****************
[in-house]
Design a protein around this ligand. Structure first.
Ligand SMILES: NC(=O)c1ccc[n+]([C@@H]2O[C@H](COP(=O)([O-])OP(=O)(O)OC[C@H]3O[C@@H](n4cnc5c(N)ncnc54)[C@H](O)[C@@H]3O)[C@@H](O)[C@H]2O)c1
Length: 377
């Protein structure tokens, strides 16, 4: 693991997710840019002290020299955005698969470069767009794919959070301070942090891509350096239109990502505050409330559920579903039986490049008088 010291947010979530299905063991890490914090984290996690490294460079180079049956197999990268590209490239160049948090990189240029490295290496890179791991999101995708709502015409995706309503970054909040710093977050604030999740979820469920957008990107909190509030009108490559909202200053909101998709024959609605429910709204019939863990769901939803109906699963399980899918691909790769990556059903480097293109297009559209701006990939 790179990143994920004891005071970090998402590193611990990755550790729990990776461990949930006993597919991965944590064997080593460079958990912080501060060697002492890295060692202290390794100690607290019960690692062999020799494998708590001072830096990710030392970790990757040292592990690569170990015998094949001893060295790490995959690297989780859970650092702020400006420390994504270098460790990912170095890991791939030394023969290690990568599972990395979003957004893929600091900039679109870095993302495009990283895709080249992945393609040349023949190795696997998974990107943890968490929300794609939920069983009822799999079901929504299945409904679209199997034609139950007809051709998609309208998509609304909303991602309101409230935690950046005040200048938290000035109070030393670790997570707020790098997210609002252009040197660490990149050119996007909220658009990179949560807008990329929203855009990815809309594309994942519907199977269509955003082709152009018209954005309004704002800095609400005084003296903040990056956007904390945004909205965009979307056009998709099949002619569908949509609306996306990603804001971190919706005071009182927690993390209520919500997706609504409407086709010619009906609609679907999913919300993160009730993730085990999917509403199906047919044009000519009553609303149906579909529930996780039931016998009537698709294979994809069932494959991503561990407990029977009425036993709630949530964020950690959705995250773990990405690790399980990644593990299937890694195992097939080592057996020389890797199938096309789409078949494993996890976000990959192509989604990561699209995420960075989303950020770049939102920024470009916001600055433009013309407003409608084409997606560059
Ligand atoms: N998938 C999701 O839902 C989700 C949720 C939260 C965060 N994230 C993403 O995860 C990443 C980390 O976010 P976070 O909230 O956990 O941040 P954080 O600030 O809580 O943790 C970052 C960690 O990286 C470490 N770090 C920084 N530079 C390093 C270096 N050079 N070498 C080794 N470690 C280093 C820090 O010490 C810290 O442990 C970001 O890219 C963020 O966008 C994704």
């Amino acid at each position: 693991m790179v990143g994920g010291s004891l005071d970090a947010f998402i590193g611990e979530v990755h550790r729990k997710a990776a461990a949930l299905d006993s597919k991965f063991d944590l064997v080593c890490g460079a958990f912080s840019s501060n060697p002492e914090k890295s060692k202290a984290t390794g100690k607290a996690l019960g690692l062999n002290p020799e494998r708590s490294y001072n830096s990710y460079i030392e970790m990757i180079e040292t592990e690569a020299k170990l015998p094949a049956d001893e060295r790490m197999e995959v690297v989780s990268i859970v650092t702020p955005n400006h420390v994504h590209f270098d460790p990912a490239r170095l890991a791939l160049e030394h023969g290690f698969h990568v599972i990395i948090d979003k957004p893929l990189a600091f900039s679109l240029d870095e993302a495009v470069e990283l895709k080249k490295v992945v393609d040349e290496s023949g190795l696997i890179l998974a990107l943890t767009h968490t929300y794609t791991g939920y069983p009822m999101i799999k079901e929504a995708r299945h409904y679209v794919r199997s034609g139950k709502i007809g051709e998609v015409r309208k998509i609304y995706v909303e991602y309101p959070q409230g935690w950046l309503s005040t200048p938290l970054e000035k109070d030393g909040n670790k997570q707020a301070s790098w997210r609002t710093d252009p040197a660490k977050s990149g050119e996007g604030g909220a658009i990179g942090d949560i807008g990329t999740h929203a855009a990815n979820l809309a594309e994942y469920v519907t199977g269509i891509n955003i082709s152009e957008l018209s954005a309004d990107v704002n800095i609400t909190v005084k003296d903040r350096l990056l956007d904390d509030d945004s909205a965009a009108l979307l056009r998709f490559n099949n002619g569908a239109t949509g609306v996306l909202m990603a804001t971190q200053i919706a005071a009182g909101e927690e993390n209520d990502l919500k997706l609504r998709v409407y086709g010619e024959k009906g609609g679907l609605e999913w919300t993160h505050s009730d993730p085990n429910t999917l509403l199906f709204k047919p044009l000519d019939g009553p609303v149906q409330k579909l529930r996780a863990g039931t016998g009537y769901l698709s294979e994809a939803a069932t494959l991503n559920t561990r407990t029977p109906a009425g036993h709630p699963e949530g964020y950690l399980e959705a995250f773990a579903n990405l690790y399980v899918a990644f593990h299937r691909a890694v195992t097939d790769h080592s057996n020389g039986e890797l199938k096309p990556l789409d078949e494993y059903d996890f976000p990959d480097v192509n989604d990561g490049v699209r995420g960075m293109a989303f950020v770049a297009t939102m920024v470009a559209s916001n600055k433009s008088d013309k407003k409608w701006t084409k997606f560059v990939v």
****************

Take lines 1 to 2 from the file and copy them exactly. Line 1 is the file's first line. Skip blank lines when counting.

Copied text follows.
[in-house]
Design a protein around this ligand. Structure first.